Jeremy Lin was a major bright spot for the Charlotte Hornets, coming in off the bench and providing offense and playmaking.

Lin averaged 11.7 points, 3.2 rebounds, and 3.0 assists per game for the Hornets, and helped the Hornets surprisingly take the Miami Heat to seven games in the first round of the NBA Playoffs. He signed a two-year deal with the Hornets and will reportedly opt out of the second year of his deal.

According to Rick Bonnell of the Charlotte Observer, Lin has expressed interest in returning to Charlotte.

“I would love to [return]. I don't like moving every year, I don't like packing and unpacking boxes. So we'll see. But I'm definitely interested in coming back. … This is the most fun I've had in my six years [in the NBA]. Being around a great group of guys and a coaching staff that really cares. I've learned so much about the game of basketball, particularly at the defensive end.”

In addition to his wanting to return, Lin has already made it a point that money will not be the biggest deciding factor in whether or not Lin returns, which bodes well for a Hornets team that has multiple free agency decisions to make this offseason.

“My biggest thing is I want to have fun and be happy. I've been paid on the lower end and had a blast, and I've been paid on the higher end and not enjoyed it at all.

“Honestly, money has never been the most important thing. Money is important because it shows how a team values you. But beyond that I don't care all that much about money. Me coming here [for slightly more than $2 million a season] showed that.”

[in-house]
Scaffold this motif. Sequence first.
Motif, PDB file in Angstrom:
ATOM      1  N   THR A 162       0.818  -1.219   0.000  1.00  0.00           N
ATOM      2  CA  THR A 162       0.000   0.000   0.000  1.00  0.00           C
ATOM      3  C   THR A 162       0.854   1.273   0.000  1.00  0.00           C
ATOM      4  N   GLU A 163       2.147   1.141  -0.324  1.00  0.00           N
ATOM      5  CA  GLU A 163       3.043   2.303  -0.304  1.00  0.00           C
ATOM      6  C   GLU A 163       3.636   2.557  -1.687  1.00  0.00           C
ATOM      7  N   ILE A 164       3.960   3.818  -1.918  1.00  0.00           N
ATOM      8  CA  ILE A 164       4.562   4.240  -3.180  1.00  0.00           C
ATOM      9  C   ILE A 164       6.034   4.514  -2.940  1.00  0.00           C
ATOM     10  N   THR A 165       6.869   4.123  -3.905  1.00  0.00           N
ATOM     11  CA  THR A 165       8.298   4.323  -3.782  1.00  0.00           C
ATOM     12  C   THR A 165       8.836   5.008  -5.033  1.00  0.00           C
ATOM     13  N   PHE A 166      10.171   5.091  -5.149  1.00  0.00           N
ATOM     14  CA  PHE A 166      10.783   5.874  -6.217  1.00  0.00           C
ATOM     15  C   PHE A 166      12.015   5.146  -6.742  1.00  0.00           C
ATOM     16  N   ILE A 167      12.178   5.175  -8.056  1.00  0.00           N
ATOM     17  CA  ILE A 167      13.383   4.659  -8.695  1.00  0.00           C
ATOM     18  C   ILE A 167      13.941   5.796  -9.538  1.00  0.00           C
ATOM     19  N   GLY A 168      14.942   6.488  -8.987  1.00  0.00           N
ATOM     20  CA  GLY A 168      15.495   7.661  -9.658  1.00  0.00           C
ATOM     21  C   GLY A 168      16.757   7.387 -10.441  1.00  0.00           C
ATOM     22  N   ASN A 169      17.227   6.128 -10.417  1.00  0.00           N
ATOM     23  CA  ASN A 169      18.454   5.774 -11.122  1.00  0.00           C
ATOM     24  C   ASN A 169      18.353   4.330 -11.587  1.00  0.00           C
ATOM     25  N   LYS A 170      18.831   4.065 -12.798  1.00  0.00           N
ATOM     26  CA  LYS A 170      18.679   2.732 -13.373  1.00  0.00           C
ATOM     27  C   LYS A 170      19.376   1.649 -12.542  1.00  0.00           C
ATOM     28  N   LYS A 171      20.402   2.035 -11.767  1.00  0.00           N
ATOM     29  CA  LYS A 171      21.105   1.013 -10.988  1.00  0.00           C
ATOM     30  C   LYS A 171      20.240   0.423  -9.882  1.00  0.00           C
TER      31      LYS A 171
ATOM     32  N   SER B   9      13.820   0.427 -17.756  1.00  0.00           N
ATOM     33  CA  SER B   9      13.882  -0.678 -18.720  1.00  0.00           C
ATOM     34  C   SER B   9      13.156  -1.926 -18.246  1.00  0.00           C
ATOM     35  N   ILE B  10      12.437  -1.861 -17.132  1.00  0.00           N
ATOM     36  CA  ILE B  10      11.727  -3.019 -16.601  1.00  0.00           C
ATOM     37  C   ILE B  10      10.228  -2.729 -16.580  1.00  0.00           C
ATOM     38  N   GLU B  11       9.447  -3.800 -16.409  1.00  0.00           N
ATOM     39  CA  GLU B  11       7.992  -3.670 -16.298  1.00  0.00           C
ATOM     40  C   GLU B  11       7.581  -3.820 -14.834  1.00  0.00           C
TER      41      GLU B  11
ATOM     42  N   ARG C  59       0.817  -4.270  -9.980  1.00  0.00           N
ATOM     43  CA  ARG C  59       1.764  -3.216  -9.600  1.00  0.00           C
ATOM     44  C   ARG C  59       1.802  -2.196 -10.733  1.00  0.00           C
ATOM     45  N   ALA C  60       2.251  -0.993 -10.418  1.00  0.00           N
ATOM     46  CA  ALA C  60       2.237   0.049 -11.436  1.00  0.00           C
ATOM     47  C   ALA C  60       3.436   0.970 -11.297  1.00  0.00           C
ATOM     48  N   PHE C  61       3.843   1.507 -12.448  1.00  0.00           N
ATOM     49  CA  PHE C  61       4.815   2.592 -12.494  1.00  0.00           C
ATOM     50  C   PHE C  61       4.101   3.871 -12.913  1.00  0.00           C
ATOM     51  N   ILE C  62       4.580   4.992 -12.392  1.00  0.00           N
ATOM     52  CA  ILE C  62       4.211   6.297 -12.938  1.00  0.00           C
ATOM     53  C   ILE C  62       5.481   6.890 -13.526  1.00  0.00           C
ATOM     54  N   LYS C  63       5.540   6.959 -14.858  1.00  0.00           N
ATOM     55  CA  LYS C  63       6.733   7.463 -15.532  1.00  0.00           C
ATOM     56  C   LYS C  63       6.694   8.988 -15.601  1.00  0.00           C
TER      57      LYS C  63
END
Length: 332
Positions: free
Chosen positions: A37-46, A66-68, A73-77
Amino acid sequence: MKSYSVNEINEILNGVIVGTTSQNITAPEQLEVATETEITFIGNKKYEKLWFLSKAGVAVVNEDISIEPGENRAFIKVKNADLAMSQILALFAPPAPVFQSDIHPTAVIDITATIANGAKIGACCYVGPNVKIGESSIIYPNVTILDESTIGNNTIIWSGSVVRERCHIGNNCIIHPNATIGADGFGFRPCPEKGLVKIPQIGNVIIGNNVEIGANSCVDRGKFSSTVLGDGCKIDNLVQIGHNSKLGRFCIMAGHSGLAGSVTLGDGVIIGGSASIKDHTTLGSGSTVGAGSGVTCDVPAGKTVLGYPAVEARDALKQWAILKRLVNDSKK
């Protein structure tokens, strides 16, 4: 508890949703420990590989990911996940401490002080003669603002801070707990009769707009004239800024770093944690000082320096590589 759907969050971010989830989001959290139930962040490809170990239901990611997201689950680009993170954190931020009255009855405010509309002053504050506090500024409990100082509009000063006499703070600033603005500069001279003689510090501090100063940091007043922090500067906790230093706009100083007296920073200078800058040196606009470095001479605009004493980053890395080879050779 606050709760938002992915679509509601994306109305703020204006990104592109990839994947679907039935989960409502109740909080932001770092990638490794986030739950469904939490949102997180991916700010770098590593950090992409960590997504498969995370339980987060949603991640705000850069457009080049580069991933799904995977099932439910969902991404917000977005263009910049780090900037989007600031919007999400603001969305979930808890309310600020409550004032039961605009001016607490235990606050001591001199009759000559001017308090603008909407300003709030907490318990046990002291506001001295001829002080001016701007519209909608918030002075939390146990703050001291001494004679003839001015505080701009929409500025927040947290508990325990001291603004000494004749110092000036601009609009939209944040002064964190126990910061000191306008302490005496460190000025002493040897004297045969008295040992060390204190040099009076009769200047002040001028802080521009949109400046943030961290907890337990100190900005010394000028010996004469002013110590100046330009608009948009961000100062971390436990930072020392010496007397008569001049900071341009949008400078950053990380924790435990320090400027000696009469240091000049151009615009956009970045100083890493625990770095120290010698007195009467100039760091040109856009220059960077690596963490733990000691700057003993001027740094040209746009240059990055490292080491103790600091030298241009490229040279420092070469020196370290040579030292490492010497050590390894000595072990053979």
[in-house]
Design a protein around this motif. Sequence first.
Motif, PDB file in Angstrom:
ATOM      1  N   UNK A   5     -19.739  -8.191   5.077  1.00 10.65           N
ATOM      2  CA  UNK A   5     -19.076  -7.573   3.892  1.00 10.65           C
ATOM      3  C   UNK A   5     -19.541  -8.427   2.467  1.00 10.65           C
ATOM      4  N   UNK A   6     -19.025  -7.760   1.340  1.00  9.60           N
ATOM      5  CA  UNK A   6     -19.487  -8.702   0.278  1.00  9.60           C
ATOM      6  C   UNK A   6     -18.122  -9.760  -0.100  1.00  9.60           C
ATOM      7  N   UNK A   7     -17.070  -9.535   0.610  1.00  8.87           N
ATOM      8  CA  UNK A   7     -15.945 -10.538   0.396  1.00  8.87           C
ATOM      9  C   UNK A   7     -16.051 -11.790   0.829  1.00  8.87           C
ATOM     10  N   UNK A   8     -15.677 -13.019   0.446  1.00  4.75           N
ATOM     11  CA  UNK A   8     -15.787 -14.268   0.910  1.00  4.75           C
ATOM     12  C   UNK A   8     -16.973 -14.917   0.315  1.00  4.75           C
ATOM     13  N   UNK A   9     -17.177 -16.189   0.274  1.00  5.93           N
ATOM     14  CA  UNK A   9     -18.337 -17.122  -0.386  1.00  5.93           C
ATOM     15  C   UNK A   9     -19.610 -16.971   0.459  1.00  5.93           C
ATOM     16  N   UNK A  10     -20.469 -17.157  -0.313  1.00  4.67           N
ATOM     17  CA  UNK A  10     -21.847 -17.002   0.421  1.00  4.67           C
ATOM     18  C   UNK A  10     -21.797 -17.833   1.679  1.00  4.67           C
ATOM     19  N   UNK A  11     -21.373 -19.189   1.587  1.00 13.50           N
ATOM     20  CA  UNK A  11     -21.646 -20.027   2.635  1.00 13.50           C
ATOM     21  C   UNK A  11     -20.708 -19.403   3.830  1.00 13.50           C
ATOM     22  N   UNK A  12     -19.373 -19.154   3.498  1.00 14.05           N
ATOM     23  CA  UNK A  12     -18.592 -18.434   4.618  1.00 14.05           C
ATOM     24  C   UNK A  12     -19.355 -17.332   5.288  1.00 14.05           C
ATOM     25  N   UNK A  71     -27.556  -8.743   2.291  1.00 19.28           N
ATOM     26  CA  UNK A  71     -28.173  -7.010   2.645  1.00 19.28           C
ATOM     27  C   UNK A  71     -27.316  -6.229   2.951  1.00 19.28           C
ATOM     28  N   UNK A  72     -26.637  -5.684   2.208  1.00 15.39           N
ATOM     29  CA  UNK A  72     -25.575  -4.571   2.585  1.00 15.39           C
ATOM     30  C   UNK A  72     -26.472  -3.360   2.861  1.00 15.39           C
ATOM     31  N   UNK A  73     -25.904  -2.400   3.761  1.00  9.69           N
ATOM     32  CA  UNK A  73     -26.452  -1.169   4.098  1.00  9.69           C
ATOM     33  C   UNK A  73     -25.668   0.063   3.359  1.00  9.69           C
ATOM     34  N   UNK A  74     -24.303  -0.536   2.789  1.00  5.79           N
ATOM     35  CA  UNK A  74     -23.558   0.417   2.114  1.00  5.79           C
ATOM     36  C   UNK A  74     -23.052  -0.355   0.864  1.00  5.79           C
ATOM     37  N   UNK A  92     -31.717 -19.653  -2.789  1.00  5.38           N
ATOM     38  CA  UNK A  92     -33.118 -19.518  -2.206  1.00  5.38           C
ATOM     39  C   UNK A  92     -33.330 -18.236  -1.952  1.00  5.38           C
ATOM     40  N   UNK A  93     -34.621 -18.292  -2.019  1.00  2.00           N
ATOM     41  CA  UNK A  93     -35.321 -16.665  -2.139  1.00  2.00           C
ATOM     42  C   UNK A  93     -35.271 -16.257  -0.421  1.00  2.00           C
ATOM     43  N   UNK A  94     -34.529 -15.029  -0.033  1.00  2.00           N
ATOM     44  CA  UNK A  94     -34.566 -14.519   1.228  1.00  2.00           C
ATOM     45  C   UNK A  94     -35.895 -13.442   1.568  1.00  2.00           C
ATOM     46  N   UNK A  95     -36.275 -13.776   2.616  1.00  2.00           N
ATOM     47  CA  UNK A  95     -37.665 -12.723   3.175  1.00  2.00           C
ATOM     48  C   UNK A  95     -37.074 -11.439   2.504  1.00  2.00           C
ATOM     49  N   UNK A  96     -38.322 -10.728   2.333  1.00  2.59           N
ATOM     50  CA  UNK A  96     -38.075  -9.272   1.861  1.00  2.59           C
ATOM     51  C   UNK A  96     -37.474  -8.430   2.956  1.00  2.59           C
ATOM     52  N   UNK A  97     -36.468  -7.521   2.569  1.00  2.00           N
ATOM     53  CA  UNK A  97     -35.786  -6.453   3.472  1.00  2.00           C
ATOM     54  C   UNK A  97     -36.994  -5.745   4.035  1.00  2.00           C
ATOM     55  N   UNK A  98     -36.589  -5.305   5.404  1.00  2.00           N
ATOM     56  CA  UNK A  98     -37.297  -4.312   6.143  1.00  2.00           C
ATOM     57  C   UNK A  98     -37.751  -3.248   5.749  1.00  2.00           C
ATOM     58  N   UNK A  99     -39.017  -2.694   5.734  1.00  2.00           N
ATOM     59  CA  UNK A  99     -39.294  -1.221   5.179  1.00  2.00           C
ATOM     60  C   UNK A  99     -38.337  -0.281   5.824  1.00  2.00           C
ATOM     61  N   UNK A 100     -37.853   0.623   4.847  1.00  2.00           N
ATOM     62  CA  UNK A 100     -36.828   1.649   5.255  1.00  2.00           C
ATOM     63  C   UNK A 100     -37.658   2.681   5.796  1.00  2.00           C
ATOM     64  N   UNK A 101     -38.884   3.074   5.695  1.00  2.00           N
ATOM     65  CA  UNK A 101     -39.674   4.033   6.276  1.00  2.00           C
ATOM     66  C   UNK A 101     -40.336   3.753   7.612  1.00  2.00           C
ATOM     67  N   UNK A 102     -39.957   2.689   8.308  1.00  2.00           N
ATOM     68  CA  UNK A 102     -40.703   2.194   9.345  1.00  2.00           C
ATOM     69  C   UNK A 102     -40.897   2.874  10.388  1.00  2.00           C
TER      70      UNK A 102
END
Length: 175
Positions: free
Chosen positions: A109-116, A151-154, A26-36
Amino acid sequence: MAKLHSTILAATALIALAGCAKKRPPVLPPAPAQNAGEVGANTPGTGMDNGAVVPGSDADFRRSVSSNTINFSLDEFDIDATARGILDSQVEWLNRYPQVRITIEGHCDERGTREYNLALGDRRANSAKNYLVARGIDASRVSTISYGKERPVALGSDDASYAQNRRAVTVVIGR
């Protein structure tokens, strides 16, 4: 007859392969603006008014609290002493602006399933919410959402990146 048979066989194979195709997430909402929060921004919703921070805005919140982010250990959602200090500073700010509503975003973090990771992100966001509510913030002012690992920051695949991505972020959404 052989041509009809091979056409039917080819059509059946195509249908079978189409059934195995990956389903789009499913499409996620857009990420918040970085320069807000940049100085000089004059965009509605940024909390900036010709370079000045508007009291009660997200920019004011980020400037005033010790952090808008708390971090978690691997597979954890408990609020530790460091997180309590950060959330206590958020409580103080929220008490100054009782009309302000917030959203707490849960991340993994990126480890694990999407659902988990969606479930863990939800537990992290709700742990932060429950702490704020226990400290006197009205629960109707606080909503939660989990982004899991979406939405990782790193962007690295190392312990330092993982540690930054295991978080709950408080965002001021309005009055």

Lin told Bonnell exactly why he wants to return so bad to a team that's made him feel at home.

“I definitely want to play with these guys and this coach,” Lin said, referring to Steve Clifford. “When you bounce around a lot the way I have, seeing a lot of organizations, there’s a lot about this one that I can appreciate in terms of my experience, that maybe I didn’t have in other situations.

“From the (preseason) China trip we knew this team really got along. I kind of expected there’d be bumps and bruises along the way as far as guys getting along with each other, but really there wasn’t. I’ve never seen a group of guys at the professional level (where) all the guys 1 through 15 got along together. It wasn’t uncommon for all 15 of us to do something together.

“That’s really, really rare.”